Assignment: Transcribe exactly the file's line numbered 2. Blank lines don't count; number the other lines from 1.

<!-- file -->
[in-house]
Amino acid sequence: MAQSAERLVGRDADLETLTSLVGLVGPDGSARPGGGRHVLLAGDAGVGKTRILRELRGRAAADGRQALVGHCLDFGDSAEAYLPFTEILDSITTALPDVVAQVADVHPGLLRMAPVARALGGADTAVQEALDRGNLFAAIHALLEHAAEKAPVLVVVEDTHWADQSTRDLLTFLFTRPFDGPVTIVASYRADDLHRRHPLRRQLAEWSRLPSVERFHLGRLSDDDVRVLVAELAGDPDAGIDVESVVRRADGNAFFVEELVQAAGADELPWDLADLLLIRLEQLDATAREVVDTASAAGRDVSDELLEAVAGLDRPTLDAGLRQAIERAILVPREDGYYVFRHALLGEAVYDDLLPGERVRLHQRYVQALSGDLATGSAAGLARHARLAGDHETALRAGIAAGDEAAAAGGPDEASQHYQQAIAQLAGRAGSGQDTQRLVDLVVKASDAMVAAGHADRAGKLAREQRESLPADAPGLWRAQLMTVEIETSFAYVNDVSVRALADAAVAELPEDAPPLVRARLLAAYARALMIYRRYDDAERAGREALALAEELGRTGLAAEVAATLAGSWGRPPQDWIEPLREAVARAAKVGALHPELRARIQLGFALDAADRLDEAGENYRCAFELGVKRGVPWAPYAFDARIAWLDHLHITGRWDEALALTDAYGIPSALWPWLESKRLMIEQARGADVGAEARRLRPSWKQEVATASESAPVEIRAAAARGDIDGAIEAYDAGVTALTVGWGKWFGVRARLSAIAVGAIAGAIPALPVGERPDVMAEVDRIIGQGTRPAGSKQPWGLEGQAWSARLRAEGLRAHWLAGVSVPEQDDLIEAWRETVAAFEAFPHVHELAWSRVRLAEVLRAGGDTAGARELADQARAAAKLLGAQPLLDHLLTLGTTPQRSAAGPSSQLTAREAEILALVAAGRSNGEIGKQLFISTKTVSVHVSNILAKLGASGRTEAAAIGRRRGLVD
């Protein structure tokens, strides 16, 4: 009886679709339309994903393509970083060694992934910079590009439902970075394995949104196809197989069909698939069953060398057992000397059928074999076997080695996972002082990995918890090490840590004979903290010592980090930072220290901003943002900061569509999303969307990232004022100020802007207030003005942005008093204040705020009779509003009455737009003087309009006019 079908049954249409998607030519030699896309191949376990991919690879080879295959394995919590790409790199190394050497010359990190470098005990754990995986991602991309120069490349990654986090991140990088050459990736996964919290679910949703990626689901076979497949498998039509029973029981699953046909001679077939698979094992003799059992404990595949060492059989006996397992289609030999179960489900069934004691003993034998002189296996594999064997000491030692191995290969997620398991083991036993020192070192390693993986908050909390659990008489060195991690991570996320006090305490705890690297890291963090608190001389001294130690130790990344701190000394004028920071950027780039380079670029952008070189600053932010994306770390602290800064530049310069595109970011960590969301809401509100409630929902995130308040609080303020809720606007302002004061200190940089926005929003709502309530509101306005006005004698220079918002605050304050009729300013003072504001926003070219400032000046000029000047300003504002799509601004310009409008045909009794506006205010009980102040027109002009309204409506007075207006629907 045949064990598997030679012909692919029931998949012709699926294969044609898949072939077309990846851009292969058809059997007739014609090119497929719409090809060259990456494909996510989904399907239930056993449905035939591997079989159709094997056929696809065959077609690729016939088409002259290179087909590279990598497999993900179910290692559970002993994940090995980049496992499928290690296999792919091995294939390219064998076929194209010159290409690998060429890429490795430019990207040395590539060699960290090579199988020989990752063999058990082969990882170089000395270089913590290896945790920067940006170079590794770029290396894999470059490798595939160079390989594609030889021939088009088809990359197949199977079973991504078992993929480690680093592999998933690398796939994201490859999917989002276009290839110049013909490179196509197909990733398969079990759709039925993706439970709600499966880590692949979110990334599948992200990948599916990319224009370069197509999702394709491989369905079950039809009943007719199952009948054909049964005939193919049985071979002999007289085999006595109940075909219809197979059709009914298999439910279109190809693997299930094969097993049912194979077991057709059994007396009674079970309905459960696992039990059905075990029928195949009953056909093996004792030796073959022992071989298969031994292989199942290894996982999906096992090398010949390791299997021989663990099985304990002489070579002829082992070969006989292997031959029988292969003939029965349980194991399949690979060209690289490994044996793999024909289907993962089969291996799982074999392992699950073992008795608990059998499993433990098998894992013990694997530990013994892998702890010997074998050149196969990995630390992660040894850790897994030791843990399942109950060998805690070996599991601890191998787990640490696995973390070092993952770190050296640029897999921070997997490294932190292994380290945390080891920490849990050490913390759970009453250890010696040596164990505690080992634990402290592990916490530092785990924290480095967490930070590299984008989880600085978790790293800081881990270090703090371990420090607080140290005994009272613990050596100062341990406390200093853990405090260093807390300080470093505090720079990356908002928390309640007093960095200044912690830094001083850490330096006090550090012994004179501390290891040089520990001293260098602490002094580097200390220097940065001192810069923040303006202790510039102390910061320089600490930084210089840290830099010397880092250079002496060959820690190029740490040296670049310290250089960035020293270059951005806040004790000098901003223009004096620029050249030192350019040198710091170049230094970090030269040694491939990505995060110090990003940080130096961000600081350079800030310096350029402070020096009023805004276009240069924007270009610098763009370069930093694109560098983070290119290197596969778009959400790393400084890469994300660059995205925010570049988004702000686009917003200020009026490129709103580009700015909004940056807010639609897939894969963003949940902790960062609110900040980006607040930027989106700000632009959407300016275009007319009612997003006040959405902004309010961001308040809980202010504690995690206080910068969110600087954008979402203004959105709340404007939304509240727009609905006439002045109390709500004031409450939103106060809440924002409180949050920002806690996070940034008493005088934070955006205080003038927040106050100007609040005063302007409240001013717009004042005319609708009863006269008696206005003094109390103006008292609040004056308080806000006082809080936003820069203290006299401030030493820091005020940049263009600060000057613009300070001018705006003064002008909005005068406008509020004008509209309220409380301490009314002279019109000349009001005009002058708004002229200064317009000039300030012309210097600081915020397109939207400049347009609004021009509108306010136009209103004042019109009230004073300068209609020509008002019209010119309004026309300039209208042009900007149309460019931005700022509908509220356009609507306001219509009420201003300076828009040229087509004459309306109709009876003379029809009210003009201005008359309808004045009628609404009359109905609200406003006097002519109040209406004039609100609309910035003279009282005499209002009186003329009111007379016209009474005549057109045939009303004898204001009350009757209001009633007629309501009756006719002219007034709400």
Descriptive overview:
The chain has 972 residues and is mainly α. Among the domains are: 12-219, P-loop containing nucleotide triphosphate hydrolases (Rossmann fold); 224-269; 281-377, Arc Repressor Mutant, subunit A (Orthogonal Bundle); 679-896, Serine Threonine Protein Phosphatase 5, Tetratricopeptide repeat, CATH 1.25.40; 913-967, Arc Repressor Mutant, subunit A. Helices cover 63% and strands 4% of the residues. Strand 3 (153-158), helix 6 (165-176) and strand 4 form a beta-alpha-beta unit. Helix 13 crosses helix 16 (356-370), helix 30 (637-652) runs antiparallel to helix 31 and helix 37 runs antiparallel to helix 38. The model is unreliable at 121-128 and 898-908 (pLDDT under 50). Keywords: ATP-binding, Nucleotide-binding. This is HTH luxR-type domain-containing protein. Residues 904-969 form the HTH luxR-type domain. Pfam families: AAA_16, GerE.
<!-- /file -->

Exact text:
Amino acid sequence: MAQSAERLVGRDADLETLTSLVGLVGPDGSARPGGGRHVLLAGDAGVGKTRILRELRGRAAADGRQALVGHCLDFGDSAEAYLPFTEILDSITTALPDVVAQVADVHPGLLRMAPVARALGGADTAVQEALDRGNLFAAIHALLEHAAEKAPVLVVVEDTHWADQSTRDLLTFLFTRPFDGPVTIVASYRADDLHRRHPLRRQLAEWSRLPSVERFHLGRLSDDDVRVLVAELAGDPDAGIDVESVVRRADGNAFFVEELVQAAGADELPWDLADLLLIRLEQLDATAREVVDTASAAGRDVSDELLEAVAGLDRPTLDAGLRQAIERAILVPREDGYYVFRHALLGEAVYDDLLPGERVRLHQRYVQALSGDLATGSAAGLARHARLAGDHETALRAGIAAGDEAAAAGGPDEASQHYQQAIAQLAGRAGSGQDTQRLVDLVVKASDAMVAAGHADRAGKLAREQRESLPADAPGLWRAQLMTVEIETSFAYVNDVSVRALADAAVAELPEDAPPLVRARLLAAYARALMIYRRYDDAERAGREALALAEELGRTGLAAEVAATLAGSWGRPPQDWIEPLREAVARAAKVGALHPELRARIQLGFALDAADRLDEAGENYRCAFELGVKRGVPWAPYAFDARIAWLDHLHITGRWDEALALTDAYGIPSALWPWLESKRLMIEQARGADVGAEARRLRPSWKQEVATASESAPVEIRAAAARGDIDGAIEAYDAGVTALTVGWGKWFGVRARLSAIAVGAIAGAIPALPVGERPDVMAEVDRIIGQGTRPAGSKQPWGLEGQAWSARLRAEGLRAHWLAGVSVPEQDDLIEAWRETVAAFEAFPHVHELAWSRVRLAEVLRAGGDTAGARELADQARAAAKLLGAQPLLDHLLTLGTTPQRSAAGPSSQLTAREAEILALVAAGRSNGEIGKQLFISTKTVSVHVSNILAKLGASGRTEAAAIGRRRGLVD